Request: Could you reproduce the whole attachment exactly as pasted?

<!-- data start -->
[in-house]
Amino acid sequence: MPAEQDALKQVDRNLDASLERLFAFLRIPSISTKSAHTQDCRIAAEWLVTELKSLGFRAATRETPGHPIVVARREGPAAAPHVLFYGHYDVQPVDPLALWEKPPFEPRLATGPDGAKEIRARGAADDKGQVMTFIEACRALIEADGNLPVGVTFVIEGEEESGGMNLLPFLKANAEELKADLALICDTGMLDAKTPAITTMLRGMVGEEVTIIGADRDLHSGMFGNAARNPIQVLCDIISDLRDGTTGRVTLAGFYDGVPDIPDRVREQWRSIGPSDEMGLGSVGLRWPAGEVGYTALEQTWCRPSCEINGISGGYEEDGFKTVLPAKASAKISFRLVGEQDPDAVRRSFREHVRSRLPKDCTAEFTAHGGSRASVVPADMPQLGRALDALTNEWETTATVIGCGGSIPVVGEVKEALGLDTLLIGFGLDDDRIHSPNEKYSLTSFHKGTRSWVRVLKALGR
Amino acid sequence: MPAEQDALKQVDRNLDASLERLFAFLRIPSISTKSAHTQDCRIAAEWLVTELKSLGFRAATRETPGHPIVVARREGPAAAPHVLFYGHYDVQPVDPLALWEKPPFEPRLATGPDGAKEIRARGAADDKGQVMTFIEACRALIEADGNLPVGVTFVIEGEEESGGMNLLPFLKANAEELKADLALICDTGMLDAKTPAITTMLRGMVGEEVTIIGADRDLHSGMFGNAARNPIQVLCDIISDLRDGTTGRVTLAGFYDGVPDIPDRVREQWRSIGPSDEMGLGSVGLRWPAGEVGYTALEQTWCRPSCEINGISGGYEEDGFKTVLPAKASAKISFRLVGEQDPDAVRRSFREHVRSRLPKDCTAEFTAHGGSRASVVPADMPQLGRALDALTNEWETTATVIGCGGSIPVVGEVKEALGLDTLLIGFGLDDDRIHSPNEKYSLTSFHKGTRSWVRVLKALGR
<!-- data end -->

[in-house]
Amino acid sequence: MPAEQDALKQVDRNLDASLERLFAFLRIPSISTKSAHTQDCRIAAEWLVTELKSLGFRAATRETPGHPIVVARREGPAAAPHVLFYGHYDVQPVDPLALWEKPPFEPRLATGPDGAKEIRARGAADDKGQVMTFIEACRALIEADGNLPVGVTFVIEGEEESGGMNLLPFLKANAEELKADLALICDTGMLDAKTPAITTMLRGMVGEEVTIIGADRDLHSGMFGNAARNPIQVLCDIISDLRDGTTGRVTLAGFYDGVPDIPDRVREQWRSIGPSDEMGLGSVGLRWPAGEVGYTALEQTWCRPSCEINGISGGYEEDGFKTVLPAKASAKISFRLVGEQDPDAVRRSFREHVRSRLPKDCTAEFTAHGGSRASVVPADMPQLGRALDALTNEWETTATVIGCGGSIPVVGEVKEALGLDTLLIGFGLDDDRIHSPNEKYSLTSFHKGTRSWVRVLKALGR
Amino acid sequence: MPAEQDALKQVDRNLDASLERLFAFLRIPSISTKSAHTQDCRIAAEWLVTELKSLGFRAATRETPGHPIVVARREGPAAAPHVLFYGHYDVQPVDPLALWEKPPFEPRLATGPDGAKEIRARGAADDKGQVMTFIEACRALIEADGNLPVGVTFVIEGEEESGGMNLLPFLKANAEELKADLALICDTGMLDAKTPAITTMLRGMVGEEVTIIGADRDLHSGMFGNAARNPIQVLCDIISDLRDGTTGRVTLAGFYDGVPDIPDRVREQWRSIGPSDEMGLGSVGLRWPAGEVGYTALEQTWCRPSCEINGISGGYEEDGFKTVLPAKASAKISFRLVGEQDPDAVRRSFREHVRSRLPKDCTAEFTAHGGSRASVVPADMPQLGRALDALTNEWETTATVIGCGGSIPVVGEVKEALGLDTLLIGFGLDDDRIHSPNEKYSLTSFHKGTRSWVRVLKALGR